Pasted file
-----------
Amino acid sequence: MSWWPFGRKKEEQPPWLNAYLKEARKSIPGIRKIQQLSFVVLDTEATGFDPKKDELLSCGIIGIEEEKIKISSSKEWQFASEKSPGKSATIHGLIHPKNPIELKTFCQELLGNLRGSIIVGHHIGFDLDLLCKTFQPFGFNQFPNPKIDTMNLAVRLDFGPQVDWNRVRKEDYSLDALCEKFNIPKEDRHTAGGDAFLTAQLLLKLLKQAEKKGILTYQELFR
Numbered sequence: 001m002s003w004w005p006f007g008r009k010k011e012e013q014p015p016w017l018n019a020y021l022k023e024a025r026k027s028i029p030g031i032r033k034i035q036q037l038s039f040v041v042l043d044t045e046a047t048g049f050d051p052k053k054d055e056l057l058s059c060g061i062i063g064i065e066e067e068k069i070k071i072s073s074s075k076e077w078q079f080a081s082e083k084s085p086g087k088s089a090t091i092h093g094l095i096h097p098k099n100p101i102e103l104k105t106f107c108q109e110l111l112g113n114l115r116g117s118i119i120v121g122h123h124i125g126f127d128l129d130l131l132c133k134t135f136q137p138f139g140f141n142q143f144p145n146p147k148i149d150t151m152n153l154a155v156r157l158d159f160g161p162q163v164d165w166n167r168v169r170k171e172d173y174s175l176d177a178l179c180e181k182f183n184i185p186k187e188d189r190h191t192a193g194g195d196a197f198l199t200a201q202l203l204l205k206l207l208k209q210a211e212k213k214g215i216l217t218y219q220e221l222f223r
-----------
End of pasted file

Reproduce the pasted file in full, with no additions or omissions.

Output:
Amino acid sequence: MSWWPFGRKKEEQPPWLNAYLKEARKSIPGIRKIQQLSFVVLDTEATGFDPKKDELLSCGIIGIEEEKIKISSSKEWQFASEKSPGKSATIHGLIHPKNPIELKTFCQELLGNLRGSIIVGHHIGFDLDLLCKTFQPFGFNQFPNPKIDTMNLAVRLDFGPQVDWNRVRKEDYSLDALCEKFNIPKEDRHTAGGDAFLTAQLLLKLLKQAEKKGILTYQELFR
Numbered sequence: 001m002s003w004w005p006f007g008r009k010k011e012e013q014p015p016w017l018n019a020y021l022k023e024a025r026k027s028i029p030g031i032r033k034i035q036q037l038s039f040v041v042l043d044t045e046a047t048g049f050d051p052k053k054d055e056l057l058s059c060g061i062i063g064i065e066e067e068k069i070k071i072s073s074s075k076e077w078q079f080a081s082e083k084s085p086g087k088s089a090t091i092h093g094l095i096h097p098k099n100p101i102e103l104k105t106f107c108q109e110l111l112g113n114l115r116g117s118i119i120v121g122h123h124i125g126f127d128l129d130l131l132c133k134t135f136q137p138f139g140f141n142q143f144p145n146p147k148i149d150t151m152n153l154a155v156r157l158d159f160g161p162q163v164d165w166n167r168v169r170k171e172d173y174s175l176d177a178l179c180e181k182f183n184i185p186k187e188d189r190h191t192a193g194g195d196a197f198l199t200a201q202l203l204l205k206l207l208k209q210a211e212k213k214g215i216l217t218y219q220e221l222f223r